The New Year is when we start making resolutions to lose weight. The main reason we need to do that is because we ate too much over the holidays.
Stepping on the scale the first week of January doesn’t necessarily need to be a dreadful experience. Karen Arensmann, a registered dietitian at Alton Memorial Hospital, has a few tips to make sure we’re maintaining a healthy diet amidst all the holiday festivities.
“And with COVID-19 this year, stress eating has become more of a problem,” Karen said. “But maybe with, or instead of, the stress eating, some stress walking is a great idea. Keeping yourself moving is extremely helpful, along with eating sensibly.”
Perhaps the number of large get-togethers will be reduced this year because of the pandemic, but all the holiday food is still going to be there. Arensmann says that if you are hosting a dinner, make sure the menu includes healthy food choices such as fruits, vegetables and lean meats.
“Uncooked vegetables, and fruit, should always be a part of the meal,” she said. “Stay away from the dips if you can. Those just add a lot of unnecessary extra calories.”
Above all, Arensmann said that eating shouldn’t be the focus.
“At the holidays, we should be thinking about the simple things,” she said. “And the best part of the holidays is being together with family and friends, at least as much as we should be safely this year with the pandemic in mind. Our holiday times should not be first and foremost about the food.”
A few other tips to keep in mind:
• Don’t skip meals leading up to a big event. That can lead to unwise decisions at the buffet table. Baking, broiling and barbecuing are good methods for cooking meats such as turkey. Avoid frying or adding extra fat during cooking.
• When you’re cooking, avoid sampling the foods more than necessary. These calories add up.
• If you’re the host of the dinner, clear the table and put unused food away to help guests avoid grazing.
• If you’re the guest at someone else’s house, offer to bring along a healthy dish that you know you will enjoy and can substitute for a not-so-healthy option.
• Eat a small, balanced meal or snack before you leave home. If you arrive to the party hungry, you’ll be more likely to overindulge (another great reason to not skip breakfast and lunch).
• Study all of the food options, and think about what you are going to have before you put anything on your plate. Decide which foods are worth eating and which can be ignored, and then stick to that decision. Make only one trip through the buffet line.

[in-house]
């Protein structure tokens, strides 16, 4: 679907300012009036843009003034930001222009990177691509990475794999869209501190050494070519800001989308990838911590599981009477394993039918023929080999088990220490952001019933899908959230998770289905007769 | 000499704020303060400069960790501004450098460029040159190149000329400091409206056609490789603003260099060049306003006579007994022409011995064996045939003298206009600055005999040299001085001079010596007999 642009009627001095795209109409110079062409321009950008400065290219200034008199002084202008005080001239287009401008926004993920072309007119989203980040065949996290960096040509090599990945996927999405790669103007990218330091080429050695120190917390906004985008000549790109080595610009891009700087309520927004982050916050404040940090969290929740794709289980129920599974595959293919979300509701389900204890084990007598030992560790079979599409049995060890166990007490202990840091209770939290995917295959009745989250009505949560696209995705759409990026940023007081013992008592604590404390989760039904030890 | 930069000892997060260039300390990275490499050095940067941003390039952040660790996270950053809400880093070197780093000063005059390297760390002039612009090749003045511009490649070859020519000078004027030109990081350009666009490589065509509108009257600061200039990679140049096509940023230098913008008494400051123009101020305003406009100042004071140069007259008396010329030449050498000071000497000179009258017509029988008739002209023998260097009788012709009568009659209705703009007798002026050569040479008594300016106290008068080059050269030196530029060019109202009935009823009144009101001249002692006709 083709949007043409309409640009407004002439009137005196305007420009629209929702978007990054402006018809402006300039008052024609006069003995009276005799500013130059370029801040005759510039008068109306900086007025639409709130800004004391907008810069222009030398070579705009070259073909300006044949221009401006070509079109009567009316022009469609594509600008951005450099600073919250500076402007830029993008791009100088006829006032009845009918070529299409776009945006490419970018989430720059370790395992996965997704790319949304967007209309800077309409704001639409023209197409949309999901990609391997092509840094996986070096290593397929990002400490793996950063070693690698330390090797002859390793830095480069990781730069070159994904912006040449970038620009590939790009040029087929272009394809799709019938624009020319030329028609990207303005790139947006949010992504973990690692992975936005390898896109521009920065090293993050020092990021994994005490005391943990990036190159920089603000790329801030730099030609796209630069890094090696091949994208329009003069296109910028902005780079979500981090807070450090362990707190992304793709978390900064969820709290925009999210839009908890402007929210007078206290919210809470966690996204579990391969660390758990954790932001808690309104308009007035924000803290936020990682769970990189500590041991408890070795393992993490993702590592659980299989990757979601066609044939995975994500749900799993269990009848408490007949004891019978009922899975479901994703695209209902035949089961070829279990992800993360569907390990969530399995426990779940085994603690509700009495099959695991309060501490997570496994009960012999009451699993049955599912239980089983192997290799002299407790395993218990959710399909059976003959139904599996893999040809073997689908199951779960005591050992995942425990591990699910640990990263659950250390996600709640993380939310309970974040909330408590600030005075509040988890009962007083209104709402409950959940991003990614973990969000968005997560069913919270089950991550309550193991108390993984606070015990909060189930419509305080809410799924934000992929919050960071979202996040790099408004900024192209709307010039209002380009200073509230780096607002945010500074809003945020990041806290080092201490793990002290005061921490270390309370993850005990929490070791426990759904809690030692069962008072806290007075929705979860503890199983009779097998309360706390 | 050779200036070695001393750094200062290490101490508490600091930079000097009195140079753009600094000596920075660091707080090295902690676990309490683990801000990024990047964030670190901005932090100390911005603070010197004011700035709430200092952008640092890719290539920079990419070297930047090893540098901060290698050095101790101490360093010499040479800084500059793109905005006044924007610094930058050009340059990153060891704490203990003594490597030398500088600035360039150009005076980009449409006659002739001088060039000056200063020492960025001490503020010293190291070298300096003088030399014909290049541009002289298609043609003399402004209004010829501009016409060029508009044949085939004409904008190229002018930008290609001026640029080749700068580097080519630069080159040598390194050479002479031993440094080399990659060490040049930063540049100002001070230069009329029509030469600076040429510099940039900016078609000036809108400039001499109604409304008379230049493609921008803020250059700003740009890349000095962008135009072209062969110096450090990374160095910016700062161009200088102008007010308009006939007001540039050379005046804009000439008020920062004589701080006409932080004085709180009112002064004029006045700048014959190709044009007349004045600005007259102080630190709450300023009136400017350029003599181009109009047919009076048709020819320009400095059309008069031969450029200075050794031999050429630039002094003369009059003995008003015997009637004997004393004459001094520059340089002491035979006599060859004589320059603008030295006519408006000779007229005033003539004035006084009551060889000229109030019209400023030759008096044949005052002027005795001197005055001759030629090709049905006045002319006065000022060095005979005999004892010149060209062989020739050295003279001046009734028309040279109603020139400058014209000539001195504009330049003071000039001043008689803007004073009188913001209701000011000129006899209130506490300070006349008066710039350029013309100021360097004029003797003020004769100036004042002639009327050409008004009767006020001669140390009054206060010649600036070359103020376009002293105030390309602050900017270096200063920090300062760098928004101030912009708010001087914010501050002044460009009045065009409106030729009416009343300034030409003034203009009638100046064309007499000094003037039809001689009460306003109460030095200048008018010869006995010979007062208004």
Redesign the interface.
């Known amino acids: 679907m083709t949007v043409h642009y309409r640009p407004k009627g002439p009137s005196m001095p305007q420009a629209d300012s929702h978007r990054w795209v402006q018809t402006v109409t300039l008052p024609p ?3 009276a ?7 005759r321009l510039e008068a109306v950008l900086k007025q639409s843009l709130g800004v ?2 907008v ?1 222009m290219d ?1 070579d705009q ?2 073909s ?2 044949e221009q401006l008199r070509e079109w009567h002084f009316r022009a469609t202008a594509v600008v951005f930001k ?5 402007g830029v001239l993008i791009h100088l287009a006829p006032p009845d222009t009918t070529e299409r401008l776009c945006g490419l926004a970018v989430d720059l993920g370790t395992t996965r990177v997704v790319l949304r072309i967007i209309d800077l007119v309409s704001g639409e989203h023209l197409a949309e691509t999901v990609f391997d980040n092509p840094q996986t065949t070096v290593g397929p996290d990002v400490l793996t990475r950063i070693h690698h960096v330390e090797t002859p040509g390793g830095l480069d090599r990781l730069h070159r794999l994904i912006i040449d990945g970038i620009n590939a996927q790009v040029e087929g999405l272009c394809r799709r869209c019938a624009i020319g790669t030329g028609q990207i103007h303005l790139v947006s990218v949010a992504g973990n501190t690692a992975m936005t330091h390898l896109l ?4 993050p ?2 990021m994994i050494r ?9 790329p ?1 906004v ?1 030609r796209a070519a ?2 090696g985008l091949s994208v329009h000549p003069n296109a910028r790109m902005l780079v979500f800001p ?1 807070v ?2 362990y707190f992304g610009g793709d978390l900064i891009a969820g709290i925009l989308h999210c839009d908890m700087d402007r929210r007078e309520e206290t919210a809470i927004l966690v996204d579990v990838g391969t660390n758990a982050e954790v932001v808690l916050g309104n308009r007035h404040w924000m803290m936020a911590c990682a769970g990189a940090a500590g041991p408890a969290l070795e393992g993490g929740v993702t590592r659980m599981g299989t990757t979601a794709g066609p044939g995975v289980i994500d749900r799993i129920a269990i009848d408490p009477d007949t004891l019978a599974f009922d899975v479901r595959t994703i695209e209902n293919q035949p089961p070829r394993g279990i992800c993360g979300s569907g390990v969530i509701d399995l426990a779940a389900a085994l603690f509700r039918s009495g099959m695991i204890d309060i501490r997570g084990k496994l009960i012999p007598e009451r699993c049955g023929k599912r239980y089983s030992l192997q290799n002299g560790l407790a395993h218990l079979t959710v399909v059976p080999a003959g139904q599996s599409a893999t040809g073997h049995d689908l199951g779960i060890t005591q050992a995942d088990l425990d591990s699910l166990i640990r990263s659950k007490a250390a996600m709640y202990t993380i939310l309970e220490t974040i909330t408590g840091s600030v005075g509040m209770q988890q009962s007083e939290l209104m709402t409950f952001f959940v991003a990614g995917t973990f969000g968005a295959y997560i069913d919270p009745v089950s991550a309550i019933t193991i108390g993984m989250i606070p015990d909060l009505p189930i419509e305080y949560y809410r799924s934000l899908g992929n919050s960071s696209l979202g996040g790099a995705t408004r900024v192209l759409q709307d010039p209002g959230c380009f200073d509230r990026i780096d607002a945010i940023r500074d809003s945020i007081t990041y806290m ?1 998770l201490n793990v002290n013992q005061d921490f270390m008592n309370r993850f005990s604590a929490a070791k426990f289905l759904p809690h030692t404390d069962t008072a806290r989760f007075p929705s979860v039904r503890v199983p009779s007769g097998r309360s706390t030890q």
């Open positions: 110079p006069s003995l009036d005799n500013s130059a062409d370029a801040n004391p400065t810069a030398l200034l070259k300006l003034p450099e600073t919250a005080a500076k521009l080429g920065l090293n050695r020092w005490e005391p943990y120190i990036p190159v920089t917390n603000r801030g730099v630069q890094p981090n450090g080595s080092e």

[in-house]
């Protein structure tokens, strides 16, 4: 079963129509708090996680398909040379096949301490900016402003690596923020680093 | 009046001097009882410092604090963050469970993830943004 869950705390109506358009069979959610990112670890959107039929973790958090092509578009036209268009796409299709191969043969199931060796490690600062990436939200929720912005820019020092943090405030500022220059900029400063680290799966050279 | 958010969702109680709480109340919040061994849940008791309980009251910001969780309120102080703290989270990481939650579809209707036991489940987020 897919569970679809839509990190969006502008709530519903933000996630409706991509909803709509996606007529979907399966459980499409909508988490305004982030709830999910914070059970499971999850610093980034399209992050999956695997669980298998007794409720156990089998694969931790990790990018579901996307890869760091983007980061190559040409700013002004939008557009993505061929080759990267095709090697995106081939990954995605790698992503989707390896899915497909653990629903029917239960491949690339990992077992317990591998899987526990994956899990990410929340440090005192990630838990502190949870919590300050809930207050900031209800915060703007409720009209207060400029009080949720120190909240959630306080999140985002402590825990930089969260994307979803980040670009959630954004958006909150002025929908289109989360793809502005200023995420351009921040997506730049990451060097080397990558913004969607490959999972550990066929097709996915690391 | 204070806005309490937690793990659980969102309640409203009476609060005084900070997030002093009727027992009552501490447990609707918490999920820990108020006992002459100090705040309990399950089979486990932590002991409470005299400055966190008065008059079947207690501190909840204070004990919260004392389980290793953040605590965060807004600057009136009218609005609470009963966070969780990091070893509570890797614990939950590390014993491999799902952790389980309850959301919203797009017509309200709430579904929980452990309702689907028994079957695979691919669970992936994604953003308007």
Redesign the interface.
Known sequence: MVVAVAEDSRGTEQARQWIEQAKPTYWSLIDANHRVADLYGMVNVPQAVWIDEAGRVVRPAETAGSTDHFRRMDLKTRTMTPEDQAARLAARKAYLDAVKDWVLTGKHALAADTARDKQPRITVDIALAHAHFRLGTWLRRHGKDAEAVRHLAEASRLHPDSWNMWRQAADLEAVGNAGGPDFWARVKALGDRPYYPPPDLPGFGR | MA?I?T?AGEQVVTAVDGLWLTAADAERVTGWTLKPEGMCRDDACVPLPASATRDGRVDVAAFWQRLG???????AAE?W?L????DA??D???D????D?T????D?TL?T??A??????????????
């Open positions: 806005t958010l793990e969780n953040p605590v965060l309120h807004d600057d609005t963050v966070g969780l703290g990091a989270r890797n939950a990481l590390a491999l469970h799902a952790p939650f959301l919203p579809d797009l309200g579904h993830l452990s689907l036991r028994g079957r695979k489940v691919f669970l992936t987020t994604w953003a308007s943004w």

• If you taste something that you don’t enjoy, leave it on your plate—don’t finish it!
• Choose vegetables first. Broccoli, baby carrots, cauliflower and tomatoes are good choices that are usually on the appetizer table. Take only a small spoonful of dip or skip it entirely.
• Eat chips and crackers in moderation, and definitely avoid eating them straight from the bag. Put some on a small plate and don’t load them down with creamy mayo-based dips.
• Try not to hang out near the food to avoid grazing. Find a comfortable spot across the room and focus on socializing instead of eating.
• Remember to regularly check your blood sugar throughout the holidays and adding a few extra checks on a party day may help guide your choices.
• Sip a large glass of water or mineral water. This will keep you hydrated and provide you with a better option than alcohol. Add a lemon slice for a refreshing alternative to alcohol.
• Switch hands. This surprisingly effective trick works well when the menu is mostly finger foods. Holding your beverage in your dominant hand forces you to focus more clearly on your food choices.
• Take your time. Chew slowly and savor the flavors. You will eat less and enjoy it more.
• Keep something on your plate. An empty plate tells the host you are hungry for more. Leaving a few bites signals you’ve had all you can possibly eat.
• Take a walk or attend your usual exercise session the day of a party. Make it a priority rather than saying there isn’t time. Staying committed to your exercise routine helps lower blood pressure, raises your energy level and helps you maintain a healthy weight.